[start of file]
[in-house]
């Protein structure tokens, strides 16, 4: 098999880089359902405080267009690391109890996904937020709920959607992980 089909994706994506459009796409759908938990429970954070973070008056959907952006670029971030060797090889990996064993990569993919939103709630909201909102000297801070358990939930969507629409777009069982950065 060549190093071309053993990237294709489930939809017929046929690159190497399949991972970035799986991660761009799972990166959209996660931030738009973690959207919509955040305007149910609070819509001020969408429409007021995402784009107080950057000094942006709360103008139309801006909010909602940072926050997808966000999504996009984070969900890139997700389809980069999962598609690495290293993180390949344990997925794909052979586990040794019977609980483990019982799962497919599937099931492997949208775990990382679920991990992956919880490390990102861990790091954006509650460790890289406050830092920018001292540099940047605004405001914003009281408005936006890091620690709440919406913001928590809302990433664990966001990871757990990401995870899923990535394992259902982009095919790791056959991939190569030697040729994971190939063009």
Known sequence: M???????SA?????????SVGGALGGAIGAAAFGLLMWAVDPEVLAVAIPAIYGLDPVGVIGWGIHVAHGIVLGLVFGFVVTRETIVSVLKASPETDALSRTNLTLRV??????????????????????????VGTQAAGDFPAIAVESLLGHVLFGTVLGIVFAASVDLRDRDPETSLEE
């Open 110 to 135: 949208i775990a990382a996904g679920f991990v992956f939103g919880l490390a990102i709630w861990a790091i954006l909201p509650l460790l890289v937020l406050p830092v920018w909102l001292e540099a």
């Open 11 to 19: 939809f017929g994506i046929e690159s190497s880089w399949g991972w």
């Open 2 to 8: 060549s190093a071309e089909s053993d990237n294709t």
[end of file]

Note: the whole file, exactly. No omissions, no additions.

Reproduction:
[in-house]
């Protein structure tokens, strides 16, 4: 098999880089359902405080267009690391109890996904937020709920959607992980 089909994706994506459009796409759908938990429970954070973070008056959907952006670029971030060797090889990996064993990569993919939103709630909201909102000297801070358990939930969507629409777009069982950065 060549190093071309053993990237294709489930939809017929046929690159190497399949991972970035799986991660761009799972990166959209996660931030738009973690959207919509955040305007149910609070819509001020969408429409007021995402784009107080950057000094942006709360103008139309801006909010909602940072926050997808966000999504996009984070969900890139997700389809980069999962598609690495290293993180390949344990997925794909052979586990040794019977609980483990019982799962497919599937099931492997949208775990990382679920991990992956919880490390990102861990790091954006509650460790890289406050830092920018001292540099940047605004405001914003009281408005936006890091620690709440919406913001928590809302990433664990966001990871757990990401995870899923990535394992259902982009095919790791056959991939190569030697040729994971190939063009």
Known sequence: M???????SA?????????SVGGALGGAIGAAAFGLLMWAVDPEVLAVAIPAIYGLDPVGVIGWGIHVAHGIVLGLVFGFVVTRETIVSVLKASPETDALSRTNLTLRV??????????????????????????VGTQAAGDFPAIAVESLLGHVLFGTVLGIVFAASVDLRDRDPETSLEE
């Open 110 to 135: 949208i775990a990382a996904g679920f991990v992956f939103g919880l490390a990102i709630w861990a790091i954006l909201p509650l460790l890289v937020l406050p830092v920018w909102l001292e540099a």
């Open 11 to 19: 939809f017929g994506i046929e690159s190497s880089w399949g991972w």
């Open 2 to 8: 060549s190093a071309e089909s053993d990237n294709t």